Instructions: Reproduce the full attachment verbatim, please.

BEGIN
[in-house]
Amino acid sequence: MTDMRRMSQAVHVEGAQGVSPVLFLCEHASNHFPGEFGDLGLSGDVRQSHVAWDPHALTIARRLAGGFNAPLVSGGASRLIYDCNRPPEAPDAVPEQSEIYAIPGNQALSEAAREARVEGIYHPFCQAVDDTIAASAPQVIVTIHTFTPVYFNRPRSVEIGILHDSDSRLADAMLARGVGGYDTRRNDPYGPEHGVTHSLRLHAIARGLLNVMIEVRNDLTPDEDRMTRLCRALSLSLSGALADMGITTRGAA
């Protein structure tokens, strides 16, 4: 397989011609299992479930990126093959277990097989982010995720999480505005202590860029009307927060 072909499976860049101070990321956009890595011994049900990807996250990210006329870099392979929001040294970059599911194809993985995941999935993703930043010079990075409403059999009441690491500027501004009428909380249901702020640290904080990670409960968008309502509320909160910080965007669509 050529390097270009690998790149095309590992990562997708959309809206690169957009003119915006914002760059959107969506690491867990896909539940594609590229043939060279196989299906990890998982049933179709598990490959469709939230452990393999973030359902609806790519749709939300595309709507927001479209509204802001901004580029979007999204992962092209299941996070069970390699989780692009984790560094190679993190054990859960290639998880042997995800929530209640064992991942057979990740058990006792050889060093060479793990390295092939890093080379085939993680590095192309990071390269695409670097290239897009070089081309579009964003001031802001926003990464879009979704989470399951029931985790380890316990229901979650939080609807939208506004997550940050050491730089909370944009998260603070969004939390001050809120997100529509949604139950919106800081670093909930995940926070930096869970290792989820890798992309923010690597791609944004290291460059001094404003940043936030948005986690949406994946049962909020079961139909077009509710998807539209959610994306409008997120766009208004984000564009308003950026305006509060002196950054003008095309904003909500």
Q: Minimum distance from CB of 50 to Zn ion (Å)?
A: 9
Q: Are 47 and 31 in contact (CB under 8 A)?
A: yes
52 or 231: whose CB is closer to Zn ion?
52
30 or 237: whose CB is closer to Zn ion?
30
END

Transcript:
[in-house]
Amino acid sequence: MTDMRRMSQAVHVEGAQGVSPVLFLCEHASNHFPGEFGDLGLSGDVRQSHVAWDPHALTIARRLAGGFNAPLVSGGASRLIYDCNRPPEAPDAVPEQSEIYAIPGNQALSEAAREARVEGIYHPFCQAVDDTIAASAPQVIVTIHTFTPVYFNRPRSVEIGILHDSDSRLADAMLARGVGGYDTRRNDPYGPEHGVTHSLRLHAIARGLLNVMIEVRNDLTPDEDRMTRLCRALSLSLSGALADMGITTRGAA
């Protein structure tokens, strides 16, 4: 397989011609299992479930990126093959277990097989982010995720999480505005202590860029009307927060 072909499976860049101070990321956009890595011994049900990807996250990210006329870099392979929001040294970059599911194809993985995941999935993703930043010079990075409403059999009441690491500027501004009428909380249901702020640290904080990670409960968008309502509320909160910080965007669509 050529390097270009690998790149095309590992990562997708959309809206690169957009003119915006914002760059959107969506690491867990896909539940594609590229043939060279196989299906990890998982049933179709598990490959469709939230452990393999973030359902609806790519749709939300595309709507927001479209509204802001901004580029979007999204992962092209299941996070069970390699989780692009984790560094190679993190054990859960290639998880042997995800929530209640064992991942057979990740058990006792050889060093060479793990390295092939890093080379085939993680590095192309990071390269695409670097290239897009070089081309579009964003001031802001926003990464879009979704989470399951029931985790380890316990229901979650939080609807939208506004997550940050050491730089909370944009998260603070969004939390001050809120997100529509949604139950919106800081670093909930995940926070930096869970290792989820890798992309923010690597791609944004290291460059001094404003940043936030948005986690949406994946049962909020079961139909077009509710998807539209959610994306409008997120766009208004984000564009308003950026305006509060002196950054003008095309904003909500």
Q: Minimum distance from CB of 50 to Zn ion (Å)?
A: 9
Q: Are 47 and 31 in contact (CB under 8 A)?
A: yes
52 or 231: whose CB is closer to Zn ion?
52
30 or 237: whose CB is closer to Zn ion?
30